Two well-respected chiropractors, Dr. Laurent Boisvert and Dr Jocelyn Ouimet, were nominated by the OCQ and the ACQ, respectively, to be members of the university committee.  This was an example of a true partnership in action.  The then president of the Université du Québec, Claude Hamel, noted that the manner of chiropractors’ participation in implementation of a chiropractic program was “exceptional and exemplary for the professional world.”

In November 1992, after more than four years of intense work, the committee obtained government authorization to implement a five-year, 245-credit chiropractic program at UQTR.  It was scheduled to start just 10 months later in order to pre-empt any sudden changes in the political climate.  This was a world premiere in the sphere of francophone universities.

The committee was unsuccessful in locating a French-speaking chiropractor with master’s or doctoral credentials who would be interested in directing the program’s integration into the university.  Since I had been involved from the beginning, they asked me.  So, after consulting with my family, friends, and mentors, I acted on the invitation from the vice-rector to apply for a professorship.  Subsequent to being the first professor hired for the chiropractic program, I was its director for almost 10 years, and I served in almost every academic and administrative position at the program and departmental level, in addition to having regular teaching responsibilities.

Forty-five students were chosen out of 600 applicants to join the first class that started in the fall of 1993.  With 245 credits spread over five years and 77 different courses, the DPC is now in its 13th year of existence. The program presently requires 97 staff members (25 full-time professors and 72 lecturers drawn from six university departments), though their numbers vary according to the academic calendar.  The chiro-practic department is responsible for contributing 12 professors and 35 lecturers, including clinicians for the university clinic.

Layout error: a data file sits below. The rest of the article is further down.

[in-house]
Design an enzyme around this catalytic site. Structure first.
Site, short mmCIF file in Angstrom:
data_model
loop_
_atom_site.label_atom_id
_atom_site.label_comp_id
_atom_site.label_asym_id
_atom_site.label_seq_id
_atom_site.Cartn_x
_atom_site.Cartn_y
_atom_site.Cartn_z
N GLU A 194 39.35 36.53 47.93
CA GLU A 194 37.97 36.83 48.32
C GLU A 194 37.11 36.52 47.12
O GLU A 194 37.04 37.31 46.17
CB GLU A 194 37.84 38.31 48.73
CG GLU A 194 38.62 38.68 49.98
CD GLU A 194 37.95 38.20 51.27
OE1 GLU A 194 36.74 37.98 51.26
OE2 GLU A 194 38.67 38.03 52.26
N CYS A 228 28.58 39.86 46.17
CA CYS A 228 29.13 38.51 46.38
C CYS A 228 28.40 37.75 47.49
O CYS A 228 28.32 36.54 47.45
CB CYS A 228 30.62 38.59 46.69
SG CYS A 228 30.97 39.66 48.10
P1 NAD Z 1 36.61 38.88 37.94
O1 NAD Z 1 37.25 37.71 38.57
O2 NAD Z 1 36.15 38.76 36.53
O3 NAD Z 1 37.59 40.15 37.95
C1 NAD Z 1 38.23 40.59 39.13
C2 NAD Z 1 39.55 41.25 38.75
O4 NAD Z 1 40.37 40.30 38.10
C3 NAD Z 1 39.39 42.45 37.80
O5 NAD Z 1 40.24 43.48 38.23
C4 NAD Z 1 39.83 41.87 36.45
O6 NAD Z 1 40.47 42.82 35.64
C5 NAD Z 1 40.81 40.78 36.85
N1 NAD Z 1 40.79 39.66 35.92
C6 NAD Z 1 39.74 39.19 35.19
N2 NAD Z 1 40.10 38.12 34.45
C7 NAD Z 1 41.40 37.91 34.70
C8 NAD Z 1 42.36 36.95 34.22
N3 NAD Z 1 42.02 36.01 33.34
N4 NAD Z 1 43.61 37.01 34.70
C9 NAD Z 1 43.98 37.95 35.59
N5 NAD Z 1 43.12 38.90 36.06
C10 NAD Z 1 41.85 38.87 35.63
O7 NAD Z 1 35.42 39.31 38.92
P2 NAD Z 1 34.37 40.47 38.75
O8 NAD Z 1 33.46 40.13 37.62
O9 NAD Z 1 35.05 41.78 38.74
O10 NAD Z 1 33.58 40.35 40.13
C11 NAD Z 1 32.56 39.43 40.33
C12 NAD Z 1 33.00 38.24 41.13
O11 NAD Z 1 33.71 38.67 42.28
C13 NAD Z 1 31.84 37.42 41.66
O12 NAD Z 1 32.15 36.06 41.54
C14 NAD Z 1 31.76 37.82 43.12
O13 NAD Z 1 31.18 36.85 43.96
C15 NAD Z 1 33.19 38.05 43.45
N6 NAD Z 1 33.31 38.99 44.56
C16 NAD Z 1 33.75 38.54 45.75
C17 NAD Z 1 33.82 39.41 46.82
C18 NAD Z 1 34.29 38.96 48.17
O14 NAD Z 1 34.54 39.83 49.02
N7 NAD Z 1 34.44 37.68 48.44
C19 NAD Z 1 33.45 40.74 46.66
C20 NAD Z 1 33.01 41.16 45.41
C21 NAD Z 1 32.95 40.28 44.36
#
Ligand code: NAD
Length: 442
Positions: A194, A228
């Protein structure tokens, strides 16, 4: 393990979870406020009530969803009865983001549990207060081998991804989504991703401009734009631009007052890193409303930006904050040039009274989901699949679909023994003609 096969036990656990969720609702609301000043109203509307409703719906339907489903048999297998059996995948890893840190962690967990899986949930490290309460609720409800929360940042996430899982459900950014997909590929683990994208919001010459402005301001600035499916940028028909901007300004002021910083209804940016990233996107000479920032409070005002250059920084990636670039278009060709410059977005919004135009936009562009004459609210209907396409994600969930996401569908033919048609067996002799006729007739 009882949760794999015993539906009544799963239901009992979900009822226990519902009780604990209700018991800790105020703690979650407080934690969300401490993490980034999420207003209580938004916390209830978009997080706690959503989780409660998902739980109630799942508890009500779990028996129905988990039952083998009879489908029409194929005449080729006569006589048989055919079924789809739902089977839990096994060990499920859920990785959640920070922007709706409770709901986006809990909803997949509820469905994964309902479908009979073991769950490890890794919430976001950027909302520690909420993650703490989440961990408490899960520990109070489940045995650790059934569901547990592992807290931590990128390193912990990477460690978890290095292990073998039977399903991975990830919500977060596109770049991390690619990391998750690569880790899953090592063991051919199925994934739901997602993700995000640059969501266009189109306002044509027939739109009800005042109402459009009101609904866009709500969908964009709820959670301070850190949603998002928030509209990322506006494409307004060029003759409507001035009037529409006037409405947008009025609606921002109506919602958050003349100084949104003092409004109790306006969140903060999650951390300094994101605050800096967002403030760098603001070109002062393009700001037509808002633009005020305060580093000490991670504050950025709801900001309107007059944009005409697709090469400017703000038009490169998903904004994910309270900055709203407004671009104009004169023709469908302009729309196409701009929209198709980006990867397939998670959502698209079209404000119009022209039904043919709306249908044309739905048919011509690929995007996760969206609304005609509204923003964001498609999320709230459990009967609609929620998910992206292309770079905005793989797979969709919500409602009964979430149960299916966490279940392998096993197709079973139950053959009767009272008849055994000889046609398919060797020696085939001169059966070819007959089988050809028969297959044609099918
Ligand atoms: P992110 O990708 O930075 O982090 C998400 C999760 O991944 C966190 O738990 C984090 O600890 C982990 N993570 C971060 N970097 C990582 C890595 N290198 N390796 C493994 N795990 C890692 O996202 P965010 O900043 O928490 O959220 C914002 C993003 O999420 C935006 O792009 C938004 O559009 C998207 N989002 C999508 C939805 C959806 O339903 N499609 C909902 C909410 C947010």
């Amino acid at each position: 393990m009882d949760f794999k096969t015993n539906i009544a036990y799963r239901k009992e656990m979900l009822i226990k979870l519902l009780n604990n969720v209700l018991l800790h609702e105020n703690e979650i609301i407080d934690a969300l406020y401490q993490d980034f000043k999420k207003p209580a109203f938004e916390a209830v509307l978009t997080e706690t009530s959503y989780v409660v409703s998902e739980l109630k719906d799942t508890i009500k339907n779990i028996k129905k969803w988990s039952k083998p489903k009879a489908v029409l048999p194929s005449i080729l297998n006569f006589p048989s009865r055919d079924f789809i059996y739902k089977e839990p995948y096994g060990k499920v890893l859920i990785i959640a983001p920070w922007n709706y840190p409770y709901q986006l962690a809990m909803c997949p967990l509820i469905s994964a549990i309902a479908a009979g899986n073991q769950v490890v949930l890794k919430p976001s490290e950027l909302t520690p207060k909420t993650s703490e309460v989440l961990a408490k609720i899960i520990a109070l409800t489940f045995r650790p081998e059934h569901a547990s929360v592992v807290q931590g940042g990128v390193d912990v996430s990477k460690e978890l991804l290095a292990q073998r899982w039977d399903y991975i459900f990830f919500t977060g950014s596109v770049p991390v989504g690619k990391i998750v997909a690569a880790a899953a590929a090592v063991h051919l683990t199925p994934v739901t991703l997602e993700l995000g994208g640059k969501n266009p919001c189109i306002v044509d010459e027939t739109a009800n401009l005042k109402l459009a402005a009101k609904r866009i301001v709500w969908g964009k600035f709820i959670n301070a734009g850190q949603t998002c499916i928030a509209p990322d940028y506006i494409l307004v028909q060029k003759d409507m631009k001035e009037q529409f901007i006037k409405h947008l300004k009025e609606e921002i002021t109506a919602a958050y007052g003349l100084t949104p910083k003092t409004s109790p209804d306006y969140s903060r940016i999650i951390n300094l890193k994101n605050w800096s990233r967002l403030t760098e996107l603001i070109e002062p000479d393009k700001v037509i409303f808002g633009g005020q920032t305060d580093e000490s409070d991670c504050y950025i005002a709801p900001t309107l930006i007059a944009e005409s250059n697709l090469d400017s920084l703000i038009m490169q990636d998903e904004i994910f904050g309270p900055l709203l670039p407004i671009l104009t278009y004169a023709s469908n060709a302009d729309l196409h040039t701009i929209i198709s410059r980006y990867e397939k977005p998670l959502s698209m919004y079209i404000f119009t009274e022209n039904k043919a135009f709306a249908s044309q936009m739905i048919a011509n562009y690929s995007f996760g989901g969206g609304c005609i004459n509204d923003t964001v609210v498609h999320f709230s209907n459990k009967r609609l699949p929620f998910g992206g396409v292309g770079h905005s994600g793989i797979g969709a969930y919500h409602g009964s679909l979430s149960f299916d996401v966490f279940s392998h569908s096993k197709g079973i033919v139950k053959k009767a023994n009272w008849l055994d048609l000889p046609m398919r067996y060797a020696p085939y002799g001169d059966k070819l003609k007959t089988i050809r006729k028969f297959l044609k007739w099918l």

During the first years of the DPC, it was decided that the chemistry/biology department, with its strong research culture, was to be the incubator for professors of the chiropractic section.  In 1998, the DPC received its first accreditation from the Council on Chiropractic Education (Canada) for a three-year period.  I was just finishing my tenure as head of the chiropractic section and director of the chiropractic module.  The professors in the chiropractic section requested permission to form a new university department.  After many meetings, reports, discussions, and much analysis, a new department was approved in 2001 by the administration, which also named Dr David O. Hayes, DC, the head of the former chiropractic section, as director of the new chiropractic department.  A development plan was submitted to the university detailing the academic program, research, community services, and continuing education.  In that process, many requests were made with regard to administrative resources, program financing, the budget, the number of professors, the ratio of professors and lecturers to students, the curriculum, the autonomy of the department, and academic leadership, etc.